Some groups may find a game of clever thinking saving the day enjoyable, others may engage in constant one upsmenship with the DM and have fun. Once again, I am of the believe that a group should trust their DM and s(he) in part should feel free to deviate from the RAW if that enhances the enjoyment of the game. IME the rules are good starting point, a common base if you will, from which the individual group deviate making the game their own. I do think there should be an example play style, but limiting to only that style is an unrealistic expectation.

For example, I enjoy low magic game, where the PC are saving their resources for the "bad times". A wand with 10 charges may last 3+ levels before being depleted. At the same time I like the idea oscillating challenge as I see it in 2e- "run from the wolfs to fight the bear". That is the PC will occasionally get 1-2 use items that are very powerful, but cannot be replaced without going in a long quest if at all. For example the dying breath of a god of war trapped into a specially made crystal sphere, which when broken acts as a "hellball" epic spell. A good thing to have as a back up, but once you use it you are out.
Not the standard approach to gaming, but it works for my table.

tl;dr: sometimes it is better to ignore the rules and just have fun, but acknowledging when you do so is good policy in forum discussions.

On the Wall of Force in the Dragons Throat, killing it:

It's an awesome new idea, so I'd allow it the first time as a reward for creativity, because it would be fun.

But I'd say, "That's awesome, I am going to allow an auto-crit this one time. You have tremendous luck, hitting the dragon precisely at the point where his mouth is open to the maximum, and the dragon panics rather than think it through. But next time you try this, you're going to have to roll, and roll well, to pull off the same trick".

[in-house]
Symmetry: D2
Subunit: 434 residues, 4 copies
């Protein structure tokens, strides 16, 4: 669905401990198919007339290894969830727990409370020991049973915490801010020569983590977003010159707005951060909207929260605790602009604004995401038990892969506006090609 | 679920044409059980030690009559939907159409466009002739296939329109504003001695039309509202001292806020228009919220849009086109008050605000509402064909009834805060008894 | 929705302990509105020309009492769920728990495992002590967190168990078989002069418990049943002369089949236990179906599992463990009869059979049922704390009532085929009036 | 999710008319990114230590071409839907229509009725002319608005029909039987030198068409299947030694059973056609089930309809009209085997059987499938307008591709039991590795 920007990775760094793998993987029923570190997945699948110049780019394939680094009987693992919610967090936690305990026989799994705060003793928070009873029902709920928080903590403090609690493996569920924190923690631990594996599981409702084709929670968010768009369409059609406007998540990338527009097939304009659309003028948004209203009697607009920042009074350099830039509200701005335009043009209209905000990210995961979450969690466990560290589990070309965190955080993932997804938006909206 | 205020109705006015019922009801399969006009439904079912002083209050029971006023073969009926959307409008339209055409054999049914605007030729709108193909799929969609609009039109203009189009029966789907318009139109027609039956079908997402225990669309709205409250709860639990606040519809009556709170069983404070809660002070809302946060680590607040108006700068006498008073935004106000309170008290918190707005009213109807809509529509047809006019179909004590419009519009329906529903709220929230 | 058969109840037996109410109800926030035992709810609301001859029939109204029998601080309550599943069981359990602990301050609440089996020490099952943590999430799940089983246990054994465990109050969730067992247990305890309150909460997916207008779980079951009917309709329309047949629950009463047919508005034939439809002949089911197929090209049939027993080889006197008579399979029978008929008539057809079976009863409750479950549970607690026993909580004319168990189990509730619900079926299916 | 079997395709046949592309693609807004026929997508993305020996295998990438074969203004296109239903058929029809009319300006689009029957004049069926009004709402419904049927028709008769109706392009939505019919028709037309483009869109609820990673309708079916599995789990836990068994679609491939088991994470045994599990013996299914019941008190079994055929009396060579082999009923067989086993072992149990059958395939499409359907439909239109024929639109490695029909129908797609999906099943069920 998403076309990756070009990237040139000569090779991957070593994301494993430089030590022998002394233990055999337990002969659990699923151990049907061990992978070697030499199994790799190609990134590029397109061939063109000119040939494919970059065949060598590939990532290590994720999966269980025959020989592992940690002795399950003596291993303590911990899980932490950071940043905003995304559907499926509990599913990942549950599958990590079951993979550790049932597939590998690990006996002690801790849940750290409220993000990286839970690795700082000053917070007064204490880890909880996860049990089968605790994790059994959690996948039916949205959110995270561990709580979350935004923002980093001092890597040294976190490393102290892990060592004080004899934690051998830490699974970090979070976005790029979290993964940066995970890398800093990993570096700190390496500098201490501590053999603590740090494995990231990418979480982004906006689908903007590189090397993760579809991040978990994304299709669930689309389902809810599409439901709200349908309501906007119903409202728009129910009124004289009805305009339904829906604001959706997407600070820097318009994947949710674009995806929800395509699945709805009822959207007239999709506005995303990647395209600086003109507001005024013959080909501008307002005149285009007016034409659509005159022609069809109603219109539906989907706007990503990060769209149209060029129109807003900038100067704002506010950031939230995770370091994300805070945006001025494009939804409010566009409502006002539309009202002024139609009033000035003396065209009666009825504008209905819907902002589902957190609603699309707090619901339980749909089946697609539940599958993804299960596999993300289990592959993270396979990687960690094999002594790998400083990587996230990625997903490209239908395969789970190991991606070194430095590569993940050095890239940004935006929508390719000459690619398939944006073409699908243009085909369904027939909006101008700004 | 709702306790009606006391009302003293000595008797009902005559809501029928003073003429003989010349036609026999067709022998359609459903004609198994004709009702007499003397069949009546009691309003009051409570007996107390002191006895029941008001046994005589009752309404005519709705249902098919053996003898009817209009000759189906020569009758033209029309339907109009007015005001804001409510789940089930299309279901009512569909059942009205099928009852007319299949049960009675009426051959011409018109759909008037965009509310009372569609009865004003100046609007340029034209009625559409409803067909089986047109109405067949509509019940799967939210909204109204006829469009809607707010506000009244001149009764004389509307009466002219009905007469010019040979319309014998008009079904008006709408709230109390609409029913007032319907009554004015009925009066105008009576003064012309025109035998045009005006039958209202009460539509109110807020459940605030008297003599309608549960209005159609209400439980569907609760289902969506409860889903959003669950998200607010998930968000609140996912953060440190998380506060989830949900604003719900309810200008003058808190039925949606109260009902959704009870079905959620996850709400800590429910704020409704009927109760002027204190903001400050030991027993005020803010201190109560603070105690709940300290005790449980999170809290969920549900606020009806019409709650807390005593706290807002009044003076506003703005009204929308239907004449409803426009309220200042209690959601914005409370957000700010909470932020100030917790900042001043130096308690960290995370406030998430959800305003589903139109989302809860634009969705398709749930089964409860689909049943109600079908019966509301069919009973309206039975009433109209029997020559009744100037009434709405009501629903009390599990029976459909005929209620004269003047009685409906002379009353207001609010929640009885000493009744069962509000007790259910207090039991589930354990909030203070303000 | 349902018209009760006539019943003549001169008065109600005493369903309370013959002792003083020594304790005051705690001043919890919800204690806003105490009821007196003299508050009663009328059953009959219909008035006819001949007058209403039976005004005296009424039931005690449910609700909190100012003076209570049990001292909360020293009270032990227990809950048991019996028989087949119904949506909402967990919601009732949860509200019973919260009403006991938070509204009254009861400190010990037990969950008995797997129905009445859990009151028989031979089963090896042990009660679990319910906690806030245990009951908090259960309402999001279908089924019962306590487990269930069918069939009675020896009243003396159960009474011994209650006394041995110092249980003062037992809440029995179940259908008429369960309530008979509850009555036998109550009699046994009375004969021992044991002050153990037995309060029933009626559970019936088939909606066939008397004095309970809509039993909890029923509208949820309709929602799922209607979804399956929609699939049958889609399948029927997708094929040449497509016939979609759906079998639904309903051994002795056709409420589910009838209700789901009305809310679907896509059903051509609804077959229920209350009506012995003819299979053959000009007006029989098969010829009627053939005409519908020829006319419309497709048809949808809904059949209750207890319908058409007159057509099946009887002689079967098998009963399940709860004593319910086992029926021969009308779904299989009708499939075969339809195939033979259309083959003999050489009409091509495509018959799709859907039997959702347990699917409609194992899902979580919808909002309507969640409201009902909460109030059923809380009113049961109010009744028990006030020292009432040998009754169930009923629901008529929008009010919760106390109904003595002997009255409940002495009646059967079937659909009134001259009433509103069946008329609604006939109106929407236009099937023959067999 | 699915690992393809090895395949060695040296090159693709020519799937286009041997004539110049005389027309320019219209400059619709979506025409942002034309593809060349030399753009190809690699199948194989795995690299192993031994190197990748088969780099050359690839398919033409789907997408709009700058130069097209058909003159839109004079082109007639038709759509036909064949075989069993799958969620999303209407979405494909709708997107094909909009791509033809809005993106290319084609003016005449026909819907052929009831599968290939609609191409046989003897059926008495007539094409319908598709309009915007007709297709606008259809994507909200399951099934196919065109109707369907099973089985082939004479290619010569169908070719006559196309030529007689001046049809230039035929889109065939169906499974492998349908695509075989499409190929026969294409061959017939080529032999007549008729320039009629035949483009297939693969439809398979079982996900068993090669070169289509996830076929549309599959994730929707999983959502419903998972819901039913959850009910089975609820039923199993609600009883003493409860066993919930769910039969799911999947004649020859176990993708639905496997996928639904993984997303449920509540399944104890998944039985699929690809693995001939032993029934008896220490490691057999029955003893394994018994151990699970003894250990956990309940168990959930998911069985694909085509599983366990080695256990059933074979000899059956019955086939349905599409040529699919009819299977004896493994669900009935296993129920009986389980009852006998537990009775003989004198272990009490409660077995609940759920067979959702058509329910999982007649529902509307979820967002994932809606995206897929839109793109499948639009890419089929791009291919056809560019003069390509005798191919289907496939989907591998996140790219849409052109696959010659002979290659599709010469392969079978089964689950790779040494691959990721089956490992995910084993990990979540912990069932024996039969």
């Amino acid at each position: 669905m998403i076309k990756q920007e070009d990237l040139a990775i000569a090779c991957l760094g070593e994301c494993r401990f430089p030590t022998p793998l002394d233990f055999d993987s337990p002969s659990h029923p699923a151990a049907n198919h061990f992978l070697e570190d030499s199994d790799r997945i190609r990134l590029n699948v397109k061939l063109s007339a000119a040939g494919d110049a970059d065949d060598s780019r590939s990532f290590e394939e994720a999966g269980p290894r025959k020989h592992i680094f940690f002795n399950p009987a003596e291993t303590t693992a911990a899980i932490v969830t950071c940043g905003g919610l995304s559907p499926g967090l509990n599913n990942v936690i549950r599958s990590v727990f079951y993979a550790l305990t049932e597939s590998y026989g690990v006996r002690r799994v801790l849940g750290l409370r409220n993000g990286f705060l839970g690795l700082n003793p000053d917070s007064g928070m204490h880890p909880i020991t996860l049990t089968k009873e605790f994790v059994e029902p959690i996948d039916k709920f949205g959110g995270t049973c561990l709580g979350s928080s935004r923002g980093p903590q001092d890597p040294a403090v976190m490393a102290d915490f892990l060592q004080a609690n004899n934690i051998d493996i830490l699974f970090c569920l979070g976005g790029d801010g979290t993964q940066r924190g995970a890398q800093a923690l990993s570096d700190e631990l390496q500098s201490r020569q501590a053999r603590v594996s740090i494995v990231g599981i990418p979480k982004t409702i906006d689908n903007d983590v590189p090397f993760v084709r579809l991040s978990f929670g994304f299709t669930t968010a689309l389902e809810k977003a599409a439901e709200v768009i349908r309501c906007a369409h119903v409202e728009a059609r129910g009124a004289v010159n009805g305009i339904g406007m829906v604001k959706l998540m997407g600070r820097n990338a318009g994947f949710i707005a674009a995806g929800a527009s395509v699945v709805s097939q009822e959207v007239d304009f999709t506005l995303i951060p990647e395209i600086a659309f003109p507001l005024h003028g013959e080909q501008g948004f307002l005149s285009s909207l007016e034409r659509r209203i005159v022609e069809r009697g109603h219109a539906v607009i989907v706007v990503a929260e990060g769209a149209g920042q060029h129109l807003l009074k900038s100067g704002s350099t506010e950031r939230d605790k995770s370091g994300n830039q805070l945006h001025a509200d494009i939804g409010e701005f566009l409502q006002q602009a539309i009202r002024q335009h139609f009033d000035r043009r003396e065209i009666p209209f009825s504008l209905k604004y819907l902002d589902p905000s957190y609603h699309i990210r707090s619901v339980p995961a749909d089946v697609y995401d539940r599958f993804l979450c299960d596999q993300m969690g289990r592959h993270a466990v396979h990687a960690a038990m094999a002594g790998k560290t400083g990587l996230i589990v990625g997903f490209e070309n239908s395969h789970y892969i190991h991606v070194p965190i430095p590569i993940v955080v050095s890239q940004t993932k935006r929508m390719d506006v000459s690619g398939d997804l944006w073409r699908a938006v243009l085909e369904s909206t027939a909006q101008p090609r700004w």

And then in the future if the player tried it, I'd make them roll against a rather high AC.

A wall of force can't move. The dragon just has to open its mouth extra wide and back up.

This would be a clever tactic and I would probably let the player do it, but I would never allow it to be an auto-kill. If I did, the wizard would then go around casting wall of force to kill everything that breathes. I'd say you could use this trick to buy yourself a round in which the dragon can be attacked with advantage and can't use its bite attack or breath weapon; or you could ready the spell and use it when the dragon tries to use its breath weapon, negating it. It's a smart move, not a guaranteed win.

There's also the verisimilitude question: If this is a viable tactic, why hasn't anyone ever used it before? If they have, why are there any ancient dragons left in the world? And if there are ancient dragons left, why would any of them be so stupid as to open their mouths wide when talking to a wizard?

While I agree with the "not bloodly likely" crew on the Throat of Force trick, I have to point out a correction:

The spell says the Wall must be anchored on all sides - in this case, the throat. Ergo: the Wall is attached to the throat of the dragon and moves with it, OR the wall is immobile and the dragon can't move without tearing his own throat out. If the dragon is capable of simply moving away from the wall, then by definition the wall wasn't "anchored" to anything and couldn't be cast in the first place.
No, it doesn't. Some of the other "wall of" spells require an anchor point (wall of stone must be supported by existing stone and wall of ice requires an anchor), but wall of force has no such requirement. You can create it floating in mid-air if you want. The only requirements are that it must be a) unbroken and b) vertical.

The only wall spells that you could conceivably anchor to the inside of a monster's throat are wall of ice and wall of thorns. But when trying to block a red dragon's windpipe, neither ice nor wood is a terribly effective obstacle.

With regards to the Wall of Force.

The caster can form the wall into a flat,
vertical plane whose area is up to one 10-
foot square per level. The wall must be
continuous and unbroken when formed. If
its surface is broken by any object or
creature, the spell fails.


Won't work.

Edit: Also, the minimum size of that Wall of Force is going to be 90 sq feet which is larger than a dragons throat anyway.

so if the min wall of force is 90sq feet and you are in a 8ft high 10ft wide dungeon you can't use it because it would only be 80sq ft??
and what does the words "up to" in this mean to you?